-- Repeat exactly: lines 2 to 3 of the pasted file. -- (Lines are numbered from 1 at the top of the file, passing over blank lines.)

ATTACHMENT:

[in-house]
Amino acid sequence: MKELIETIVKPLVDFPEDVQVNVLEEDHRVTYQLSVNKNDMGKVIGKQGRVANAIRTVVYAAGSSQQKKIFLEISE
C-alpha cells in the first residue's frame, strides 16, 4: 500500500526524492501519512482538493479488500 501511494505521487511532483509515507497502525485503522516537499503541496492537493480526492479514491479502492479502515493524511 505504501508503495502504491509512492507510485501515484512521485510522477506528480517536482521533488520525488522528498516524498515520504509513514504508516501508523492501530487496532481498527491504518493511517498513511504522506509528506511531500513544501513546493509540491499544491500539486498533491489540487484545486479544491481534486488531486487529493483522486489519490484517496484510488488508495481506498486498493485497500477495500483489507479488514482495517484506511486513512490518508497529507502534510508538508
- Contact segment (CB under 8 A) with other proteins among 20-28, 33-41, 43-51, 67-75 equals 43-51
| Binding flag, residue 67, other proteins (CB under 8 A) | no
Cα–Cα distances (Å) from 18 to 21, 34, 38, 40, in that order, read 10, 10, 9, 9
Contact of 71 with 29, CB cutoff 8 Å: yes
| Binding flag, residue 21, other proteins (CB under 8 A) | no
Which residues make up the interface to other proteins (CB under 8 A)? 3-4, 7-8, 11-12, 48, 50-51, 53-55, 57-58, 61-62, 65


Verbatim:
Amino acid sequence: MKELIETIVKPLVDFPEDVQVNVLEEDHRVTYQLSVNKNDMGKVIGKQGRVANAIRTVVYAAGSSQQKKIFLEISE
C-alpha cells in the first residue's frame, strides 16, 4: 500500500526524492501519512482538493479488500 501511494505521487511532483509515507497502525485503522516537499503541496492537493480526492479514491479502492479502515493524511 505504501508503495502504491509512492507510485501515484512521485510522477506528480517536482521533488520525488522528498516524498515520504509513514504508516501508523492501530487496532481498527491504518493511517498513511504522506509528506511531500513544501513546493509540491499544491500539486498533491489540487484545486479544491481534486488531486487529493483522486489519490484517496484510488488508495481506498486498493485497500477495500483489507479488514482495517484506511486513512490518508497529507502534510508538508